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Sunday, March 20, 2016

Caspar van Wittel

View of the San Marco Basin, Gaspar van Wittel. A word of advice for those perusing
the Internet in lieu of a personal visit to Venice or other famous cities. This painting,
and the one below, are one and the same. The obvious difference is that some idiot
decided to digitally "beautify" van Wittel's effort with a shocking
increase in blue and probably a slight reduction in red.
An edited View of the San Marco Basin, Gaspar van Wittel.
Caspar van Wittel, 1711, Luigi van Wittel
There's no place on earth that I enjoy visiting more than Europe, particularly Italy and France. I love trekking among the urban landmarks which have gone largely unchanged for hundreds of years. I firmly believe that there would be far less of the xenophobia we are now seeing in this country if more Americans availed them-selves of their freedom to visit the far-flung countries, cultures, and peoples around the world. Yes, it can be costly as well as phys-ically and mentally tiring, even vaguely frightening at times (exciting may be a better word). But for me, the joys of investing in the wonderful experiences, memories, and fresh points of view that foreign travel af-fords far outweigh the trials and tribulations of investing in gold, commodities, stocks, bonds, real estate, houses, cars and all the other burdensome things money can buy. As the "arty" type, one of the great joys derived from travel is when I later come upon an artist from long ago who has painted with enduring accuracy a place which I've visited. Thus when I came upon the Dutch vedute painter, Caspar van Wittel, I was stunned to find at least a half-dozen topographical landscapes from Italy that I'd wearily (and sometimes warily) trod past and about since my first trip to "the continent" some fifteen years ago.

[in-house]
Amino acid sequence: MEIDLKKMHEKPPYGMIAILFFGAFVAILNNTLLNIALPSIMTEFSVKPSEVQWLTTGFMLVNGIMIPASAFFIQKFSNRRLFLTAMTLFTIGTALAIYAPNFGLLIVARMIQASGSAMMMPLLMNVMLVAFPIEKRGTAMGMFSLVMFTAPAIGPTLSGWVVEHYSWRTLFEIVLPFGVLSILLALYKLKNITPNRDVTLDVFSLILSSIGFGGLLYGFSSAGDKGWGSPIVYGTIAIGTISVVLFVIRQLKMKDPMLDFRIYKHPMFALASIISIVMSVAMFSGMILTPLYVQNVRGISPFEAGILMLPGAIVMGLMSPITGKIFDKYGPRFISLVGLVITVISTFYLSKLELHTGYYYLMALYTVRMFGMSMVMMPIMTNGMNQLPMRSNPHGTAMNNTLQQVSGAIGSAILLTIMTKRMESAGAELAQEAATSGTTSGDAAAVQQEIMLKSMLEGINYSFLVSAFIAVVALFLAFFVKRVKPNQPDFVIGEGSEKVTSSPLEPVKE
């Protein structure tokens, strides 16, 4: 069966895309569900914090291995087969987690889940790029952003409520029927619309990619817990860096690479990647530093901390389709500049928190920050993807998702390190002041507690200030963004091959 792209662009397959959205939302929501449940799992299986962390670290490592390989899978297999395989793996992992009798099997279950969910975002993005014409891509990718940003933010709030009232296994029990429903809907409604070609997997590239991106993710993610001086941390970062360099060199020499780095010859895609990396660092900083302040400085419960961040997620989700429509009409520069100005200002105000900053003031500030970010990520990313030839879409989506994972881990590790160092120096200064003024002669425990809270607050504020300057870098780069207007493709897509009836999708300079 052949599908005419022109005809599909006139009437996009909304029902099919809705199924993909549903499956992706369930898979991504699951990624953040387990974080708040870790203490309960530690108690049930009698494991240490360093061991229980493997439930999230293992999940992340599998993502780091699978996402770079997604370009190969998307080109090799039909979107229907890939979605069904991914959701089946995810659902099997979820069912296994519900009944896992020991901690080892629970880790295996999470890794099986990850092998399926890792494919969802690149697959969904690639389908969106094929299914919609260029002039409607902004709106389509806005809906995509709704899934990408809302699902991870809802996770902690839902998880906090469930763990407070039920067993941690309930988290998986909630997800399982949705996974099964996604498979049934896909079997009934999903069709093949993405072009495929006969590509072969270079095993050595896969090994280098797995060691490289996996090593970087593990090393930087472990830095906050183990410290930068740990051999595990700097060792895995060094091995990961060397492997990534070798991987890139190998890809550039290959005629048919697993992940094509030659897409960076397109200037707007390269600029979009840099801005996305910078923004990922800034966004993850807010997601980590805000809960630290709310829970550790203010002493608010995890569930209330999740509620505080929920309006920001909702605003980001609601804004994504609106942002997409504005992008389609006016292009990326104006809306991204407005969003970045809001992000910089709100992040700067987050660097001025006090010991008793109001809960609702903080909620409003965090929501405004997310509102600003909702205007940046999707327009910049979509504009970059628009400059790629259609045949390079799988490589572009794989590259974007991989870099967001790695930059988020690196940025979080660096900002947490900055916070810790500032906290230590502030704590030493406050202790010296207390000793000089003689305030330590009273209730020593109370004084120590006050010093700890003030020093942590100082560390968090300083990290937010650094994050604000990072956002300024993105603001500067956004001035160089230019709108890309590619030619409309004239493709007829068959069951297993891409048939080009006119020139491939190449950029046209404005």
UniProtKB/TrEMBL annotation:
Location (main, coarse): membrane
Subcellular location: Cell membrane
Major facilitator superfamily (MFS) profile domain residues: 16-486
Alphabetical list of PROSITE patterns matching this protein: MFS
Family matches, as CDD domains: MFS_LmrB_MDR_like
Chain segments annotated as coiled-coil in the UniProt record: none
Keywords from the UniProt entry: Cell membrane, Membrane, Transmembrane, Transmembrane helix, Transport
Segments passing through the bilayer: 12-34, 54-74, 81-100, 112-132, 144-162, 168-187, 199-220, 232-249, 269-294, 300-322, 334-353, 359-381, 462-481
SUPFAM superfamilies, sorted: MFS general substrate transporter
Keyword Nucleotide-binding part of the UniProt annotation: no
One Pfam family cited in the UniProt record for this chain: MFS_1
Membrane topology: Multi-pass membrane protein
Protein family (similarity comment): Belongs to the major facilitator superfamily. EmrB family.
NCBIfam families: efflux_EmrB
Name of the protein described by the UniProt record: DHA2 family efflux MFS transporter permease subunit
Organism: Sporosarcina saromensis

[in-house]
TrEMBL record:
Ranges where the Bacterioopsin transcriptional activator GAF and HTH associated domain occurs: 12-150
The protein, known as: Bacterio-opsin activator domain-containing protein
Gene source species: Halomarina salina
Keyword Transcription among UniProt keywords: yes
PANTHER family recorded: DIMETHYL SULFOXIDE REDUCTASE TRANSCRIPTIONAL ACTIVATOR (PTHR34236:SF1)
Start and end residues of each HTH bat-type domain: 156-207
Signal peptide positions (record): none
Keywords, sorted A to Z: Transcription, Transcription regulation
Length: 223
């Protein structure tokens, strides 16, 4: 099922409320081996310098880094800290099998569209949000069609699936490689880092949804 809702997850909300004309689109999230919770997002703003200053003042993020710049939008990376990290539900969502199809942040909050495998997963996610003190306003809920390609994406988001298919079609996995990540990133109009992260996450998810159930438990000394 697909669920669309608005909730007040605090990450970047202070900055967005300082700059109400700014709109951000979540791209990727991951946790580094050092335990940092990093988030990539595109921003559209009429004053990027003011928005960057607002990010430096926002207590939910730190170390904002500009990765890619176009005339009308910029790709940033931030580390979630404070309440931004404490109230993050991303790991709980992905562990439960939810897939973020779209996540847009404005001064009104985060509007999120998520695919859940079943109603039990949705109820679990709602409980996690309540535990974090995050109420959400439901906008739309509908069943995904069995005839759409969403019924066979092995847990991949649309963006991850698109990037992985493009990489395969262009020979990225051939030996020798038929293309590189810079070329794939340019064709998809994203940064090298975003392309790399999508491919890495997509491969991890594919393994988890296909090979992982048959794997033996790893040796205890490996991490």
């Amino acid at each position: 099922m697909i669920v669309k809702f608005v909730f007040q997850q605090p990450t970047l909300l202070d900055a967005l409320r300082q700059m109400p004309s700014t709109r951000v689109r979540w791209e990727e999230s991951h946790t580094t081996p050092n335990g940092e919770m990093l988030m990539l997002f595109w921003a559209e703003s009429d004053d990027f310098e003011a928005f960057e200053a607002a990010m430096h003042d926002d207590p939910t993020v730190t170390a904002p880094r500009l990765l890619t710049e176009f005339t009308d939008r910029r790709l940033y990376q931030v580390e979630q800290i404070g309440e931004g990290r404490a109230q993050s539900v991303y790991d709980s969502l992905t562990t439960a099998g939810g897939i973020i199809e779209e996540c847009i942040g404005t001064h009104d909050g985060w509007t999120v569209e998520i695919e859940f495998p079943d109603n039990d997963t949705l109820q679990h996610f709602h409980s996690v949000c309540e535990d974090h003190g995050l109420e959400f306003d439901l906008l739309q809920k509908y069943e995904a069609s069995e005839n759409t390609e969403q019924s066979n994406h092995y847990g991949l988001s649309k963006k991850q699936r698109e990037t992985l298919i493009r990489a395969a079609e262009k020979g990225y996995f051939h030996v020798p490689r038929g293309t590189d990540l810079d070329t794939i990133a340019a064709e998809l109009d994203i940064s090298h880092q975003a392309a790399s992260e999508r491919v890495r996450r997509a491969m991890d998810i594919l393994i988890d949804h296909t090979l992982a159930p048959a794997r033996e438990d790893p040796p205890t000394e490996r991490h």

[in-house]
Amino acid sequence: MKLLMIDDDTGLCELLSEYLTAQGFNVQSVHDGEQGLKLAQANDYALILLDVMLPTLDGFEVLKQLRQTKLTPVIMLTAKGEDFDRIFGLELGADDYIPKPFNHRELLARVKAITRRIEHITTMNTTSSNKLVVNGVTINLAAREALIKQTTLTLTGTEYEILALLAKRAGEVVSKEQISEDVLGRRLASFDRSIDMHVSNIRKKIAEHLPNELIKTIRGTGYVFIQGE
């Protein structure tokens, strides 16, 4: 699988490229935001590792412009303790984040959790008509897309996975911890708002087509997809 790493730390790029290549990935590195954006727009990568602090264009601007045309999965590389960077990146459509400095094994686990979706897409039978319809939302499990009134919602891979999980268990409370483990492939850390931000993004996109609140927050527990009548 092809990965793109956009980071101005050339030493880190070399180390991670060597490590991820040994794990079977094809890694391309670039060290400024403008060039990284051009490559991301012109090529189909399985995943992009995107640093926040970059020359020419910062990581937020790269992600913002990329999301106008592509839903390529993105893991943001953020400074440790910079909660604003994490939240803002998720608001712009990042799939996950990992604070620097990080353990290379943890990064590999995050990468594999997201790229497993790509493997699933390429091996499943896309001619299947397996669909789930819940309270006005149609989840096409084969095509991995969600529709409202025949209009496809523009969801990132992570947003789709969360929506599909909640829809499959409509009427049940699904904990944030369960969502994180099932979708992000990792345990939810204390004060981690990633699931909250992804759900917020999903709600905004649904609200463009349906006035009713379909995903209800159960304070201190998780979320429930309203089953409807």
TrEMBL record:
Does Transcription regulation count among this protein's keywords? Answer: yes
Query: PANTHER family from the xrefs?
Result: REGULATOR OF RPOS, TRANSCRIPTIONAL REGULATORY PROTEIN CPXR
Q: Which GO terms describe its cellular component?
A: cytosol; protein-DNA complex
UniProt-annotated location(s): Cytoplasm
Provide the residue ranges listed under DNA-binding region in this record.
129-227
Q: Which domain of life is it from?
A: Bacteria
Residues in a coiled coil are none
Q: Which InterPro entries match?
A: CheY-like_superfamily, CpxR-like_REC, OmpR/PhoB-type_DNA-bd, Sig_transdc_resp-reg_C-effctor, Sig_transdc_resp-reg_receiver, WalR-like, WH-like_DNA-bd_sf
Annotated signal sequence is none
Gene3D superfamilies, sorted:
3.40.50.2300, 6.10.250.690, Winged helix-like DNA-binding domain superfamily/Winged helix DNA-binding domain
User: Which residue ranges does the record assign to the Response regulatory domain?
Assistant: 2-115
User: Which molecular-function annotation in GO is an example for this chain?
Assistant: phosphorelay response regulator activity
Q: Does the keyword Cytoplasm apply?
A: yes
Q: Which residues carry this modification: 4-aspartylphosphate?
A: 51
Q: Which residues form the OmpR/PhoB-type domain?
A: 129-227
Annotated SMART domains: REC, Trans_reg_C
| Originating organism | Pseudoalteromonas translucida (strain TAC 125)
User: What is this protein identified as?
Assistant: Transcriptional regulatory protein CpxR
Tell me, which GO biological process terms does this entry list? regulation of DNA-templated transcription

St. Peter's Square, Rome, Caspar van Wittel. Looks pretty much as I remember it except it's now paved and the vehicular traffic has now changed somewhat.
Although Caspar van Wittel was Dutch, born in Amersfoort (central) Netherlands in 1652. He spent most of his adult life, from 1674 until his death in 1736, living and working in Italy. Insofar as topographical landscapes are concern, there is little difference between those painted by Dutch artists and those by Italian painters such as Canaletto, (45 years his junior) whom van Wittel may have met while in Venice. Though his work shows evidence of his having traveled broadly throughout Italy, van Wittel spent most of his time in Rome where he joined a group of other Dutch painters calling themselves the Bentvueghels (Dutch for Birds of a Feather). Van Wittel's St. Peter's Square, Rome (above) is only superficially different than it appears today, allowing for pavement and modern-day vehicular traffic.

Trevi Fountain, Rome, Caspar van Wittel. The day I visited Bernini's magnificent work, it was just as crowded with people throwing money away as when van Wittel painted it.